'Through steadfastly abiding in the part of the self that is unchanging, one finds ease within the posture of the moment'
My current reflections about yoga often centre on how I can take my yoga off the mat. Often in our binary world we do one thing and then its opposite. For example, maybe we rush around all day pushing ourselves (effort) and then get home and collapse (surrender).
Effort then surrender
We may even take the same approach to a yoga class, doing strong asana with effort and then fall into shavasan to surrender.
It's the little words that are important here.
Effort AND Surrender.
Both at the same time.
This is my current practice. How can I be engaged and alert, mindful and disciplined, while also being relaxed and at ease?
In my yoga asana it is a bit like a dance between feeling into my body and offering myself to the ground. In my meditation it is remembering to soften the expression on my face whenever bringing my mind back if its wandered.
With my teenage kids, it is a harder thing. The dance is around compassionate love with guidance and stepping back to watch them learn and make mistakes.
In my work it is doing what is required to the best of my ability, and letting go of the outcome of that work. This is not a not-caring, but a surrendering into acceptance of things often outside my control.
Donna Fahri's interpretation of the Yoga sutra above resonates with me for its reminder that there is part of me that is unchanging hat I can surrender into any time I remember. And that part is connected to everything else.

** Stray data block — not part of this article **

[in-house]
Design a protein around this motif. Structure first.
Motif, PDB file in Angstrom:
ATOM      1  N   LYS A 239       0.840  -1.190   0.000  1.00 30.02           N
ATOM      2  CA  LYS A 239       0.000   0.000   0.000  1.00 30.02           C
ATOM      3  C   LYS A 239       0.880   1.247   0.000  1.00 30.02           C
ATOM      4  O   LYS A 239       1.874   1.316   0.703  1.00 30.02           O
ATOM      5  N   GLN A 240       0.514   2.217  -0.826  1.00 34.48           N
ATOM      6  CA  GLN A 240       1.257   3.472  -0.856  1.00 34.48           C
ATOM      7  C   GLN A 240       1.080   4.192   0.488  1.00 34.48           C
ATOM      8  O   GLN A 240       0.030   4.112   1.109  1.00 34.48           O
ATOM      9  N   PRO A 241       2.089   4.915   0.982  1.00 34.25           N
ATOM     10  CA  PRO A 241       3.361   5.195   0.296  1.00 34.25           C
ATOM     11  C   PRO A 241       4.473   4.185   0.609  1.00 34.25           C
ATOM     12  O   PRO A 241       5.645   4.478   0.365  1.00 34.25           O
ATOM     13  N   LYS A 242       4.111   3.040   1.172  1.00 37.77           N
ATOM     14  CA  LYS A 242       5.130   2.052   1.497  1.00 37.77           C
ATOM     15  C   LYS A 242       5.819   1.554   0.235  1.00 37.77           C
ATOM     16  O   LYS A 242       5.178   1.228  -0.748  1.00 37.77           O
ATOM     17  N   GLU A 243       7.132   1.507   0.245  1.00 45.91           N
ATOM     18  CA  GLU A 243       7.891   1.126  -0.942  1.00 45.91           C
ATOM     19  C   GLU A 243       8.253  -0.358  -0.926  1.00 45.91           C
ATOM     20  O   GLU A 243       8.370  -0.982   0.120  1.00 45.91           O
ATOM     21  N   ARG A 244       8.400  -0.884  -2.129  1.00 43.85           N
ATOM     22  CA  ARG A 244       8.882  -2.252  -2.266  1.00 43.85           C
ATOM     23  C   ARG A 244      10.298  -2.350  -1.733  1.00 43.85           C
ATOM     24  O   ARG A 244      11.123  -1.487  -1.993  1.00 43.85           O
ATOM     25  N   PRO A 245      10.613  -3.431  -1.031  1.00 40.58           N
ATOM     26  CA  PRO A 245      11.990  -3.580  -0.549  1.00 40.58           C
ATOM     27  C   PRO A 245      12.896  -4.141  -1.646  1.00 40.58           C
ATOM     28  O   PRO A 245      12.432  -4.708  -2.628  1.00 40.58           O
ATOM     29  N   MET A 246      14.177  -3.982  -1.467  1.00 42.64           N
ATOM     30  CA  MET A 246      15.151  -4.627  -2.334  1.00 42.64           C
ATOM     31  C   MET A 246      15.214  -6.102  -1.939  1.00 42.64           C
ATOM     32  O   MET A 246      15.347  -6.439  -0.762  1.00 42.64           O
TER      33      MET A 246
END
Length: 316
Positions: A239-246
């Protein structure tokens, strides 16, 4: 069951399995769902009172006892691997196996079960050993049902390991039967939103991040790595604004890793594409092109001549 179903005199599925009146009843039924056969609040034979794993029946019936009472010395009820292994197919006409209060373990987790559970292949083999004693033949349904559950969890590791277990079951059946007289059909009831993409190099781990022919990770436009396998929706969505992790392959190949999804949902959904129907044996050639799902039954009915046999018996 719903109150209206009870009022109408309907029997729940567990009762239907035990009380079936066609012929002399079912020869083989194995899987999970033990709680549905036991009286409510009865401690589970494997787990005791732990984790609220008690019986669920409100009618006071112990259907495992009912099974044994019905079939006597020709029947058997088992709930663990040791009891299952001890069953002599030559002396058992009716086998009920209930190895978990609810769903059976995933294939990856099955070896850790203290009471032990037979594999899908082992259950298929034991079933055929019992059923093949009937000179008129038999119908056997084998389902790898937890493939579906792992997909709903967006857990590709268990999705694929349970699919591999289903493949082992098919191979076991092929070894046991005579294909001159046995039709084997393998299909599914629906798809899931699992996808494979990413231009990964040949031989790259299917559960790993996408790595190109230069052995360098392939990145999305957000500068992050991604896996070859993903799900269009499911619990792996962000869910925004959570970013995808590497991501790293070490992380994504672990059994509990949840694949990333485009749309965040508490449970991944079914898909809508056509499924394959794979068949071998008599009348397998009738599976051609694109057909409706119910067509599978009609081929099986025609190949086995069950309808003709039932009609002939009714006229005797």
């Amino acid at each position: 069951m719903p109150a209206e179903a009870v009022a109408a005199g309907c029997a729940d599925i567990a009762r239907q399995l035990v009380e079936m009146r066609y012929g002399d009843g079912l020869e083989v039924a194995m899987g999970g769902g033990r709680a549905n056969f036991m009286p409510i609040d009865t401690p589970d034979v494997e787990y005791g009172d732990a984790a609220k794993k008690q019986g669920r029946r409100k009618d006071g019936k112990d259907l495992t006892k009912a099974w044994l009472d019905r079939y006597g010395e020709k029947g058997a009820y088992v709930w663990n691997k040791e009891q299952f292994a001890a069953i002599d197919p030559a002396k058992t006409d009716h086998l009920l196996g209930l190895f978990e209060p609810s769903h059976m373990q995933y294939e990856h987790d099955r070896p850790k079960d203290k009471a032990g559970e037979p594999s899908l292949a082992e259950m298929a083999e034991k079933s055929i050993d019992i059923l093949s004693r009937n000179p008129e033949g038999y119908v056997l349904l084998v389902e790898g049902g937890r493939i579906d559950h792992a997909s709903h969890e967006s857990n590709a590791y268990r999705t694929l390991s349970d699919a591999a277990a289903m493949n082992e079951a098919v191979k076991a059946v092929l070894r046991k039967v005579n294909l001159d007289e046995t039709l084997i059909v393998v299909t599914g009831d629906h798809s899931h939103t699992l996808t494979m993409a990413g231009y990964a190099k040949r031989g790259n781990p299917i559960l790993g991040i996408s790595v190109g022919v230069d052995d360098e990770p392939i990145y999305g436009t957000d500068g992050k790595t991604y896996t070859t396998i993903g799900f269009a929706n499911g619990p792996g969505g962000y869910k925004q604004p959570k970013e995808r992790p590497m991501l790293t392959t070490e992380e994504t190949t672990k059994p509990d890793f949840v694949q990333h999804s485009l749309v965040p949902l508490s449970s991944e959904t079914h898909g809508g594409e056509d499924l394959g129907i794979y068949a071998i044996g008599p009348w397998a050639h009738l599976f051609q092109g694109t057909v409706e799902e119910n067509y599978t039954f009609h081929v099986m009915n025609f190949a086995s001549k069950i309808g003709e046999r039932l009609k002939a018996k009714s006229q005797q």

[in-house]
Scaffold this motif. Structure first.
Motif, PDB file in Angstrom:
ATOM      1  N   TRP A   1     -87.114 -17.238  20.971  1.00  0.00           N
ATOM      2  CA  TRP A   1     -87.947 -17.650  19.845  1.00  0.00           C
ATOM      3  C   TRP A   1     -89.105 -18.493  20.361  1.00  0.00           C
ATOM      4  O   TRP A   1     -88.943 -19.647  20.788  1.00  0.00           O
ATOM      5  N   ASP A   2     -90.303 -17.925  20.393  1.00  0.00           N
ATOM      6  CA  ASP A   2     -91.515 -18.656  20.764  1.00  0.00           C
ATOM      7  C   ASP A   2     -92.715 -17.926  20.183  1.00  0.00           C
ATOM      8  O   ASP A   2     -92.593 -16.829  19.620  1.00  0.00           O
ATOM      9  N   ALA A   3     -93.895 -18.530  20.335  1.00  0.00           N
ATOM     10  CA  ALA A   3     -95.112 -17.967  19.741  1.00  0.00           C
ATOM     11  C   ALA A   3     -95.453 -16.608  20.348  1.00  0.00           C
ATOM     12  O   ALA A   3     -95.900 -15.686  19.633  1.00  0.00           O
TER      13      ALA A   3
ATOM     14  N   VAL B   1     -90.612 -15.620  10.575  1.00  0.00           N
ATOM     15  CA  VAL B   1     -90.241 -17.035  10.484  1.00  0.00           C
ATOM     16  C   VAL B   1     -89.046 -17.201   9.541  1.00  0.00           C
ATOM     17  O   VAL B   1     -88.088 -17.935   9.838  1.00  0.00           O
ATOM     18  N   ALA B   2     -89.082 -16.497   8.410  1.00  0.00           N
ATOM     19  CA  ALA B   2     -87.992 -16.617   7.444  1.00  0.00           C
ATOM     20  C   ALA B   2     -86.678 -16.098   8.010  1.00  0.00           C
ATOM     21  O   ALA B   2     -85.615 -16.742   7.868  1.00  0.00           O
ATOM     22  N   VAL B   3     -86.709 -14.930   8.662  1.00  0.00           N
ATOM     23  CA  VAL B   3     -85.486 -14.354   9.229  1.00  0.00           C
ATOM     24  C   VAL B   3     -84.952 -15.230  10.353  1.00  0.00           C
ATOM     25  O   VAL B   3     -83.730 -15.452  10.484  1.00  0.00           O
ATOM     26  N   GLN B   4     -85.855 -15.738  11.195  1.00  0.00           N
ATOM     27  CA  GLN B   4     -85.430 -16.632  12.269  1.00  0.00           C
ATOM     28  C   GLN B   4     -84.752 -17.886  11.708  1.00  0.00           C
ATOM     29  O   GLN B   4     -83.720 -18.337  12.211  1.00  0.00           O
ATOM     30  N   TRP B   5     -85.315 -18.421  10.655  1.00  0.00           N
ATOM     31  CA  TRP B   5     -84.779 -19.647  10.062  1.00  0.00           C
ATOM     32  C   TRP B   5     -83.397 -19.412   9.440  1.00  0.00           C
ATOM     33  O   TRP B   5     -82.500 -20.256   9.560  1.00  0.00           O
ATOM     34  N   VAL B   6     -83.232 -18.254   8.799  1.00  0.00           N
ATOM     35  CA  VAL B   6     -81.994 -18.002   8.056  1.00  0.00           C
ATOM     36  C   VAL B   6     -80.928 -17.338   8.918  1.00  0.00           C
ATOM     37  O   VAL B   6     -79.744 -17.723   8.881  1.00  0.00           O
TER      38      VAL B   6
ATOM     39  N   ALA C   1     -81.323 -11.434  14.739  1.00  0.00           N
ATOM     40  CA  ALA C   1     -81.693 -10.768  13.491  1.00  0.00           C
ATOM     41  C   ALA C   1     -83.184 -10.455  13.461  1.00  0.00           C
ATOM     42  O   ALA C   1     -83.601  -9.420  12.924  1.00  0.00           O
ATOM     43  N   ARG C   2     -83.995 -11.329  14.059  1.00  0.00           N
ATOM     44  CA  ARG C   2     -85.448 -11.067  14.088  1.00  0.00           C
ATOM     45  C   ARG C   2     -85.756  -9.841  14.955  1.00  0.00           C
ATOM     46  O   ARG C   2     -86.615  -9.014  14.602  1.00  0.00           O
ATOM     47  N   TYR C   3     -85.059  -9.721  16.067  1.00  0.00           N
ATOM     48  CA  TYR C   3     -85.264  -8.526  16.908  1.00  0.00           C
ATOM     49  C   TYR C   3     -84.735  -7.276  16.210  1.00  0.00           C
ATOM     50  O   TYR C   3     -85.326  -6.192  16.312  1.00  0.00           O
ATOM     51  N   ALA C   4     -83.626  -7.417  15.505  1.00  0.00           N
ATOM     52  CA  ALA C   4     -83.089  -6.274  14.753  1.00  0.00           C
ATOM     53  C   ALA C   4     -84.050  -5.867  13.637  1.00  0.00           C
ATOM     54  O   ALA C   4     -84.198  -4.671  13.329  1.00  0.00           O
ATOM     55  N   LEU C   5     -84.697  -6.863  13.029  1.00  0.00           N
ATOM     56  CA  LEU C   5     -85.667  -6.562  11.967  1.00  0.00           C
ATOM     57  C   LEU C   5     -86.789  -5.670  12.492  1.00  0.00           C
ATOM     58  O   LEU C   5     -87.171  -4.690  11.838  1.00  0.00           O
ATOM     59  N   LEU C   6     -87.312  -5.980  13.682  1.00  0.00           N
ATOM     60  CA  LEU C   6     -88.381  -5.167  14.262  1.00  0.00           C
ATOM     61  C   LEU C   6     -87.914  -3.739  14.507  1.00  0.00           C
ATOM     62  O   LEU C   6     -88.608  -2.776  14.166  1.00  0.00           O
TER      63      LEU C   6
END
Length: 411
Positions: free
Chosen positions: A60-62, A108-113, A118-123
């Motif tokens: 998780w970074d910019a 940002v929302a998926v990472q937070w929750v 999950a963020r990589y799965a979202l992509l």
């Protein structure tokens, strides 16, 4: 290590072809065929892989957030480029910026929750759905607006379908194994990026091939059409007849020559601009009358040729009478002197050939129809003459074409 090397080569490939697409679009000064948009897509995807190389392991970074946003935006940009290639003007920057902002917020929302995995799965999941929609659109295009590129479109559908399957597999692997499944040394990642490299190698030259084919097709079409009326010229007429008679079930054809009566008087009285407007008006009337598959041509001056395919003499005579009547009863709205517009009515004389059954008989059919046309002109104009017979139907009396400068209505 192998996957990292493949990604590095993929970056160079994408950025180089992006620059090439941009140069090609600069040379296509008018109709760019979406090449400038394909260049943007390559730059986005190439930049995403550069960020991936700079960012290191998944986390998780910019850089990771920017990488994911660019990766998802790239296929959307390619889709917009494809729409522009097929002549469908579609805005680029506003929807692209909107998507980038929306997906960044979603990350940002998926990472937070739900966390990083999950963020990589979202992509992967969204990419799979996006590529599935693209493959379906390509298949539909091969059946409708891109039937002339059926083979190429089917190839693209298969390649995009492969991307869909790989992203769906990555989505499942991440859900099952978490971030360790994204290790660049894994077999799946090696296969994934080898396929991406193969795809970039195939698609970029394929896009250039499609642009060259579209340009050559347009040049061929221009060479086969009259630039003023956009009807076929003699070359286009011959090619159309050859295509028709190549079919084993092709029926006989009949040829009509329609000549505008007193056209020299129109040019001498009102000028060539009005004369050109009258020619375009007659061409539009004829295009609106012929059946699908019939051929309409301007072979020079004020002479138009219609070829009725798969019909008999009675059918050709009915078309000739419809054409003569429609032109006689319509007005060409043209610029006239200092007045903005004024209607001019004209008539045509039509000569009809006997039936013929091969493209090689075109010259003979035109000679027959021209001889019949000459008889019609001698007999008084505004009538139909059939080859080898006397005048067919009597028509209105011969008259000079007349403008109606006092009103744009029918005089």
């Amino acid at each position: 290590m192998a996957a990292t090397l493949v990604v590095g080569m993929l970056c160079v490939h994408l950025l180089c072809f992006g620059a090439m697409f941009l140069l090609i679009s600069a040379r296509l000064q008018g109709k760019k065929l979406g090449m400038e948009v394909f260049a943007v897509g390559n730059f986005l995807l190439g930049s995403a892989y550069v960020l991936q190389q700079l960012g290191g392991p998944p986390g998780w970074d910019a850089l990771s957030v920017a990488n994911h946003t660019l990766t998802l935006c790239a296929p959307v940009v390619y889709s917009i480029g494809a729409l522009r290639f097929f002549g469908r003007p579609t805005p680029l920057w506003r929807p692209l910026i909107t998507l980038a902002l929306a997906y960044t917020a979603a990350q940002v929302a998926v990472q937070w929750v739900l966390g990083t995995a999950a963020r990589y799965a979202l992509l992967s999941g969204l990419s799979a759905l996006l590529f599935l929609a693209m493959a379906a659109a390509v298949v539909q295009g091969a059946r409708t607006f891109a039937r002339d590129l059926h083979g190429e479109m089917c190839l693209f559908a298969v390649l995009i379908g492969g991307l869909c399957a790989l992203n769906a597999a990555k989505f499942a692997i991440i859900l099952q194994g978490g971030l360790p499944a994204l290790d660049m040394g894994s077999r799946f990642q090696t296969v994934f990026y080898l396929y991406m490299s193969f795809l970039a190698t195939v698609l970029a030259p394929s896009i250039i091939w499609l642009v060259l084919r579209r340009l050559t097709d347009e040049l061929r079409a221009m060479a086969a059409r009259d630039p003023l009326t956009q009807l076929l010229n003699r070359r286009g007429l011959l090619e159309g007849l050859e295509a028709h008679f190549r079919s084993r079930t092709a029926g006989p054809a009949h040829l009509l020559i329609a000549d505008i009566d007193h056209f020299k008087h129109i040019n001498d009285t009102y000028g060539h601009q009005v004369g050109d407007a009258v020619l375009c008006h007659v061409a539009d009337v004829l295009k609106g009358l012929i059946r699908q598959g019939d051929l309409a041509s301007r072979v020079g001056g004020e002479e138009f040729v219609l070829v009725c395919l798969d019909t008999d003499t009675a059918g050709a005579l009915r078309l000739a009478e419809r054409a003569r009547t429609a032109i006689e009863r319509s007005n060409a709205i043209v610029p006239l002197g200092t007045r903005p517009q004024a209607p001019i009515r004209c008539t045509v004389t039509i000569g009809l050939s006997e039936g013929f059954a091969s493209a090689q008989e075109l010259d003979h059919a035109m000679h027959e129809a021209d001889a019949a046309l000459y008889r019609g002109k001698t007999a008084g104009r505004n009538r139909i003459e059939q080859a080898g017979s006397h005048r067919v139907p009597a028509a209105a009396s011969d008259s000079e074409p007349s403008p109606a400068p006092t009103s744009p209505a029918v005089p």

Our well-being is tied up together, and with that of the planet.
I'm focusing my efforts this year on my actions for climate. I think the Earth needs us to show up a little more right now as we are seeing the impacts of climate change. But in this much needed effort, I still want to retain hope and ease and surrender to the part of all of us that is unchanging.
So this year, I have decided to do what I can, which is all any of us can do. I'm reducing my single use plastics and buying bulk in reusable containers where possible and affordable. I'm also making my own cleaning products and going solar and hope to grow more of my own food. I'm also committing to walking through a Park every week so I can appreciate this beautiful land around me. Another example of effort and surrender.
Yoga is very much about our habits of mind and actions, and not a particular sequence of movement we may do once or twice a week. Our efforts on the mat serve our intentions to live our best life in every moment, and to find ease within each moment.
I'm curious, what are you putting effort into? How can you also relax into these things? How do you know when you are putting in too much effort versus not enough? In what ways is surrender easy and in what ways is it difficult.?